Yes it does! We have a fog-client that does the client management but renaming is also done directly after deploying the image by adjusting registry keys on the Windows partition.

    Also, I am trying to capture an image of a Redhat Linux 6.9 computer and I have tried single disk resizeable and multiple partition image and both create and image but when restoring after it is complete it will not boot. It just goes to a black screen and blinks.

    Was the install setup made with LVM or encrypted home or something special? If you don’t need to deploy to a smaller size disk I would capture as non-resizable in most cases.



  • I rebuilt the FOG server again and was able to successfully capture the Image of the domain controller and push it back down without issues. Also I did the same for a win10 computer. I think what happened was for some reason the domain controller was getting renamed, does FOG rename the computer automatically to the name of the image that I capture. Also, I am trying to capture an image of a Redhat Linux 6.9 computer and I have tried single disk resizeable and multiple partition image and both create and image but when restoring after it is complete it will not boot. It just goes to a black screen and blinks.


  • Moderator

    @ArmyHack so we need to make the distinction of working vs not with these situations.

    I’m building a truth table below.

    virtual computer (capture) -> virtual computer (deploy) = success
    virtual computer (capture) -> physical computer (deploy) = fail
    physical computer (capture) -> physical computer (deploy) =??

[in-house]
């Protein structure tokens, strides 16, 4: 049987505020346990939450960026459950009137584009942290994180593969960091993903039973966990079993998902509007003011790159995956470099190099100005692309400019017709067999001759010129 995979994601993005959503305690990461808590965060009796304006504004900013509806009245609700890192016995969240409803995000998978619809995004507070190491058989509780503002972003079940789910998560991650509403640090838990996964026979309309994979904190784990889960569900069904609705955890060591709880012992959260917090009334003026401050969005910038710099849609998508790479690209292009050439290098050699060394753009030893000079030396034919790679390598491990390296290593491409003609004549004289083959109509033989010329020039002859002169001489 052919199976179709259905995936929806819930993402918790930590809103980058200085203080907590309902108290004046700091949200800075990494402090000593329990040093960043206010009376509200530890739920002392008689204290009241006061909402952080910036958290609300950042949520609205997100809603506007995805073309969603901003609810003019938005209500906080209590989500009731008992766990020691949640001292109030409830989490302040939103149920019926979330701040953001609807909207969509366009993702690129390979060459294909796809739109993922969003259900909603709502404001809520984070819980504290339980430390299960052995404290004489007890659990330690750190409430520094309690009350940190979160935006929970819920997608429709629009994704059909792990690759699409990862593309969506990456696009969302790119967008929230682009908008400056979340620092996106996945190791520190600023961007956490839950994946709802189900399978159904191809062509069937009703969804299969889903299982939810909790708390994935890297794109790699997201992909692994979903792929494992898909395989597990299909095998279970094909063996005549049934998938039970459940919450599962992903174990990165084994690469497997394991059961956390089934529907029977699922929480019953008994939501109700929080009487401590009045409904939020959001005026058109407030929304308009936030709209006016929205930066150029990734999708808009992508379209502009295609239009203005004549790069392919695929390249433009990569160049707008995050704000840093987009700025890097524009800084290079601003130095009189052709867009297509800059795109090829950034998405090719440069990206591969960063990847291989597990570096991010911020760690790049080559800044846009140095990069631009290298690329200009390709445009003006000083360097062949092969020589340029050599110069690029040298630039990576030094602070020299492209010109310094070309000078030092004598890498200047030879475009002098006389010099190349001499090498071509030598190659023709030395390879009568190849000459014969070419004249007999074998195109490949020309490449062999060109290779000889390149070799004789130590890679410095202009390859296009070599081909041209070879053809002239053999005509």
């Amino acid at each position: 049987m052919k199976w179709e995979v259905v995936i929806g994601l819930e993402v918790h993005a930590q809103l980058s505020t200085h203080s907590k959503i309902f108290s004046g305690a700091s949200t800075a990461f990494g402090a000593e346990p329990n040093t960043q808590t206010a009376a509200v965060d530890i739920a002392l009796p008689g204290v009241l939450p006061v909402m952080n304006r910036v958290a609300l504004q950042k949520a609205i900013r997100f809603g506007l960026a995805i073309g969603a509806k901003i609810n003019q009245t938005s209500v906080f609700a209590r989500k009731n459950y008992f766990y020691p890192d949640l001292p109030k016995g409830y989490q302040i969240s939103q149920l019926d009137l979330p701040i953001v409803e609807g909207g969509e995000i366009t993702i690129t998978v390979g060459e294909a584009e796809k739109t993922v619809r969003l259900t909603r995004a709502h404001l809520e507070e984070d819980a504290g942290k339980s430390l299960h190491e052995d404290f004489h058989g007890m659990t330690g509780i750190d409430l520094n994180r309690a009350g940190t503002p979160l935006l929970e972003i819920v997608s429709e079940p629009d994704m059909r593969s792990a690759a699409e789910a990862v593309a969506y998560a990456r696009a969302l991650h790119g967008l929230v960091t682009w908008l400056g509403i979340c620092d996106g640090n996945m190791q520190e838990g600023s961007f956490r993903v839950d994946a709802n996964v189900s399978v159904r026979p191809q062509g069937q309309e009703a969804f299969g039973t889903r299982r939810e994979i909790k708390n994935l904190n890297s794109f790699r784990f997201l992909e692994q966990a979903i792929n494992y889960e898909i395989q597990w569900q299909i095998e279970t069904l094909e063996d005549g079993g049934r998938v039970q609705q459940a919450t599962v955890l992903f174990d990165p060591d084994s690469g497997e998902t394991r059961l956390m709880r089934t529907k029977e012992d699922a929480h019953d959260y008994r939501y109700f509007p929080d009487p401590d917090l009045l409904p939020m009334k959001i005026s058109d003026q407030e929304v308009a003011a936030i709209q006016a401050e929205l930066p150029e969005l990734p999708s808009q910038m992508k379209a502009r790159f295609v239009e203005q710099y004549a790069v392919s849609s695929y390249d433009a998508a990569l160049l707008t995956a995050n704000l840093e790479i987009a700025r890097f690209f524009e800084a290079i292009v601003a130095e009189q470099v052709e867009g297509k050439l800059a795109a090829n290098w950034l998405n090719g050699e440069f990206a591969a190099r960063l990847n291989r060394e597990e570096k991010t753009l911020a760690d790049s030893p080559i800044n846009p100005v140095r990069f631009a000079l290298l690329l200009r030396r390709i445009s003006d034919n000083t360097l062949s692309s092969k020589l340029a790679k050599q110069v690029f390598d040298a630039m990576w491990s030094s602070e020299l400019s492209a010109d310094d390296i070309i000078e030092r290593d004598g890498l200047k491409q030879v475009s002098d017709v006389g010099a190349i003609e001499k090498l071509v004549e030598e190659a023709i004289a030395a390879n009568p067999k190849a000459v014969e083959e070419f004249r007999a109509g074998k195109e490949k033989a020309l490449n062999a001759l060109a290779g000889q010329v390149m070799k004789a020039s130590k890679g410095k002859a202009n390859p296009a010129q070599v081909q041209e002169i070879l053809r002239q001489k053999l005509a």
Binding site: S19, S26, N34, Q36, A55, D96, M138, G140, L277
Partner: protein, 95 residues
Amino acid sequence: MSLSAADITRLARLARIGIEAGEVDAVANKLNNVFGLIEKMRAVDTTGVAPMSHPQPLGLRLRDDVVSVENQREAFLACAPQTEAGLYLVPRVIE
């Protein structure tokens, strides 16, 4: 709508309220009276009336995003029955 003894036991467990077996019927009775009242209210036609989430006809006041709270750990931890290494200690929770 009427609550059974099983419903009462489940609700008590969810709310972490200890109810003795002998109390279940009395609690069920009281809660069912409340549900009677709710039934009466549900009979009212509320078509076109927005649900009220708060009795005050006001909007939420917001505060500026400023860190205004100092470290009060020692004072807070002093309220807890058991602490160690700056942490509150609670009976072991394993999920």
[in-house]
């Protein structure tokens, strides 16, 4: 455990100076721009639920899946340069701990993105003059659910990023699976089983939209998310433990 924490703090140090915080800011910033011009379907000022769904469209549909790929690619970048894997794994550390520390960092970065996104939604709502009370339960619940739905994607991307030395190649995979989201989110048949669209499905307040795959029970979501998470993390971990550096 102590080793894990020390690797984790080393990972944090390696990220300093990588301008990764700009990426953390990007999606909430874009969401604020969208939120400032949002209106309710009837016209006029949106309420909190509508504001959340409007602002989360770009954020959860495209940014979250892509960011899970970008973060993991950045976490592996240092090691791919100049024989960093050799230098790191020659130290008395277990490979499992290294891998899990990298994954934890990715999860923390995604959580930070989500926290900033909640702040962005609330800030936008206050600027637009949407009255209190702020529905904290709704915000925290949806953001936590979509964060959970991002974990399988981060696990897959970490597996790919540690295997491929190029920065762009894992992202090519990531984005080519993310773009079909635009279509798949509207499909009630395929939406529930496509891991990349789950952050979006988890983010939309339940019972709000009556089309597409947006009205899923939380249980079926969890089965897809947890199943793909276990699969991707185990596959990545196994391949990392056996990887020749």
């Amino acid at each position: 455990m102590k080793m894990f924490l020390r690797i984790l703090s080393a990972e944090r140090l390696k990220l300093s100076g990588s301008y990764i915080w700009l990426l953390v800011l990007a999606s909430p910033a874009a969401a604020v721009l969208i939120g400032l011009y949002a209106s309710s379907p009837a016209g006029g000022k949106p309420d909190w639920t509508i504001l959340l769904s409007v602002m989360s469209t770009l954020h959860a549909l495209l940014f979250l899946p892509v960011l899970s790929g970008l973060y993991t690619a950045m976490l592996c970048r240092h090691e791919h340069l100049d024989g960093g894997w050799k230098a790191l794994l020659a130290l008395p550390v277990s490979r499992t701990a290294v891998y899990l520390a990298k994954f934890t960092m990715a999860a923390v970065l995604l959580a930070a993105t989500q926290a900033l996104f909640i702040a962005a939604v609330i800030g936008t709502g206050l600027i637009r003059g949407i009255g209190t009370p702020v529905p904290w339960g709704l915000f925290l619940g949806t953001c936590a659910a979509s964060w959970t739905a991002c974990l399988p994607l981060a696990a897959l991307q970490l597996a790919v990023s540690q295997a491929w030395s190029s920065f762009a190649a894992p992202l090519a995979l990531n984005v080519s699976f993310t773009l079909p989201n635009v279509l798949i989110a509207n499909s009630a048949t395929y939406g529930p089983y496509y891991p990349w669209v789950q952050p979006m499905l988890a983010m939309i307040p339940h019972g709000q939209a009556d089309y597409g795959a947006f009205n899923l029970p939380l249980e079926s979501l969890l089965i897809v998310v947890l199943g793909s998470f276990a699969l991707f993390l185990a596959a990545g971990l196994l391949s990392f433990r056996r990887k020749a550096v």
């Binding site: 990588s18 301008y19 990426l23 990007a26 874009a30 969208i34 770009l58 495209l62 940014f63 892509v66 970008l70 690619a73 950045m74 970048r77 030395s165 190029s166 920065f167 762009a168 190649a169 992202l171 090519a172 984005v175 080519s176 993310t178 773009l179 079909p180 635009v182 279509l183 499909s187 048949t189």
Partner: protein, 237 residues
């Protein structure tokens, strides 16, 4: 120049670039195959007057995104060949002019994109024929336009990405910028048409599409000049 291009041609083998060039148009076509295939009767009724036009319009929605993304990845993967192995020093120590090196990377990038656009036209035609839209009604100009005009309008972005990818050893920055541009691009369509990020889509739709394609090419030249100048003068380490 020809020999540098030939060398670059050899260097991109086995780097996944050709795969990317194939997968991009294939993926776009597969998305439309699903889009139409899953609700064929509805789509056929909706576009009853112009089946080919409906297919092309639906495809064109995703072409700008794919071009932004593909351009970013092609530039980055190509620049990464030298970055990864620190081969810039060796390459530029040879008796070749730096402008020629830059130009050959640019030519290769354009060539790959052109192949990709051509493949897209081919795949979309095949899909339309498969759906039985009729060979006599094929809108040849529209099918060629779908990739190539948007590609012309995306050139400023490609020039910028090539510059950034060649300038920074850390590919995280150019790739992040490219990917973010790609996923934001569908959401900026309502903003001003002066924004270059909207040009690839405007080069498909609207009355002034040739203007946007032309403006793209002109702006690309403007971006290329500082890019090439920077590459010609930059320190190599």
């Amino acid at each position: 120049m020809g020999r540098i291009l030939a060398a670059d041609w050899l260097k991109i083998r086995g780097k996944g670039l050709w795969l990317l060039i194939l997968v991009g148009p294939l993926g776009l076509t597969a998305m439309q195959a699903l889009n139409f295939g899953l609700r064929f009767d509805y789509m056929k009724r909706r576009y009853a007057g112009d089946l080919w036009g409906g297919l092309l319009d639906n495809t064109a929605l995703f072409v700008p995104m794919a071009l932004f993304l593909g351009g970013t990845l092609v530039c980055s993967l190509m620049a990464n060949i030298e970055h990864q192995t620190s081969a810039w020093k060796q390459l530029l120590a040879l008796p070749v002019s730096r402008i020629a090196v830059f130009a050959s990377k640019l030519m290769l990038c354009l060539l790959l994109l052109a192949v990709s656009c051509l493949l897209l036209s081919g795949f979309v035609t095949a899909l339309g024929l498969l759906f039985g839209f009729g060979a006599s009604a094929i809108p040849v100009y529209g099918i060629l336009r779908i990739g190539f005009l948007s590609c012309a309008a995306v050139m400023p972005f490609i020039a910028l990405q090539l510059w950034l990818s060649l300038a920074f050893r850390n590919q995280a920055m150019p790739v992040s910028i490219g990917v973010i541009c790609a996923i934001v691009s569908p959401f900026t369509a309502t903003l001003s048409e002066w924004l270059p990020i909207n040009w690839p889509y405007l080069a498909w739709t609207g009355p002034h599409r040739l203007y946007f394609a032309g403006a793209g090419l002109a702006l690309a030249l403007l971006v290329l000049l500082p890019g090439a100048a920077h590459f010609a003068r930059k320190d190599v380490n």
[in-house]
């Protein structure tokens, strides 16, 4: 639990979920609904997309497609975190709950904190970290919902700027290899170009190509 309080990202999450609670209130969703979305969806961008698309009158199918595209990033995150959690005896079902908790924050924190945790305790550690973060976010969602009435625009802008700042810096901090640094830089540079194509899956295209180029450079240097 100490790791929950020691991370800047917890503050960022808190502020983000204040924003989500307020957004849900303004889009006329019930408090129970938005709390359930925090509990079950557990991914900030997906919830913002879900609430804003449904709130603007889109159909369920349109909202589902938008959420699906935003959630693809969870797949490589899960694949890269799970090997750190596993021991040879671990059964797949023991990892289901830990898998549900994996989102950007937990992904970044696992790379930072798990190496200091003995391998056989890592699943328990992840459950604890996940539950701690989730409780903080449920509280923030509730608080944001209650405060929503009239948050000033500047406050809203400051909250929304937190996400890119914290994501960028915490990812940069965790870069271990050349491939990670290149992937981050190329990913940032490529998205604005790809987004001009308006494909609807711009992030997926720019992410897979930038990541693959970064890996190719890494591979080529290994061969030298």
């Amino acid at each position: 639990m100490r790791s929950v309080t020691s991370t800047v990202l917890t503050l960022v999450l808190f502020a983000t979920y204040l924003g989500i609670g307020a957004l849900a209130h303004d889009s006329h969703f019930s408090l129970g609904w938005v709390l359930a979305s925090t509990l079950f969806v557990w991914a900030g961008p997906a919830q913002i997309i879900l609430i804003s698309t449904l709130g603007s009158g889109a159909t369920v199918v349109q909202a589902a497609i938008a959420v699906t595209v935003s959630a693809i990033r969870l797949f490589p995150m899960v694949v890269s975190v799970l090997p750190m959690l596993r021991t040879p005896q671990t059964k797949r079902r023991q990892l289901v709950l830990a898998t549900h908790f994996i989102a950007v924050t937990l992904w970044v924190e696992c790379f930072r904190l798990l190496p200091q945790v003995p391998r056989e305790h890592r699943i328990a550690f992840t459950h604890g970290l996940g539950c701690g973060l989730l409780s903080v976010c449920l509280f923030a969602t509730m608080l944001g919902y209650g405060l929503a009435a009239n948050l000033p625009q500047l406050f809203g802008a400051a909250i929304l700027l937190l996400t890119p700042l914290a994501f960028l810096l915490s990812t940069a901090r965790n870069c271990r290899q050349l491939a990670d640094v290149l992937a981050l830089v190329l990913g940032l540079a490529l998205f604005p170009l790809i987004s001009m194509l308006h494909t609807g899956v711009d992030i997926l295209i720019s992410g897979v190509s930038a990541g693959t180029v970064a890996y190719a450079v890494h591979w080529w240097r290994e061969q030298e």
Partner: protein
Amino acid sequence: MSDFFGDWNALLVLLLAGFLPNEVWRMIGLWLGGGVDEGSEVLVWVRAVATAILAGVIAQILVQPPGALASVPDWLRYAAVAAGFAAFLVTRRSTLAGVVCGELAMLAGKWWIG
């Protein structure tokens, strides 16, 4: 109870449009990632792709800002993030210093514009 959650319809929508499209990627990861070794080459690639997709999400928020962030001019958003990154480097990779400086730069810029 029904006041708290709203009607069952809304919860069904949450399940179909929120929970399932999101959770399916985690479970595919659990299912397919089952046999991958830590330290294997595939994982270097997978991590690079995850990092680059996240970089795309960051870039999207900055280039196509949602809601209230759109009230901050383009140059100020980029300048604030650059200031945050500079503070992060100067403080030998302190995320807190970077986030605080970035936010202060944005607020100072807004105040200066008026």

Its possible that you don’t have the necessary drivers on the virtual machine to make the physical deployed machine fully functional.

    On a side note, its always been my impression that its bad luck to backup and restore a domain controller into a working domain this way. The domain sequence numbers will get messed up this way when an old image is restored into the environment.



  • I am using FOG as a backup for the domain controller. also the domain controller we have is used on a laptop and shipped to sites where we setup an environment for simulations. My intent is to use this just in case during shipping or even at the event something went wrong with a hard drive i could push the image back to the laptop and continue work. We have done this with ghost32 for years. I am also in the process of capturing images of all the machines that we use in our simulation its about 20-30 computers and we will use these images on different laptops often.


  • Moderator

    Are you using FOG as a backup server for DR reasons or do you plan on deploying this single 2012 image to many computers? I see a few flaws in your process if you are going to send that single 2012 server image to multiple systems. But lets first find out how you are going to use it.

    BTW This isn’t specifically a FOG issue, but more of a windows issue. FOG is properly deploying the image to the target computer. It just may not be doing what you want and how you want it.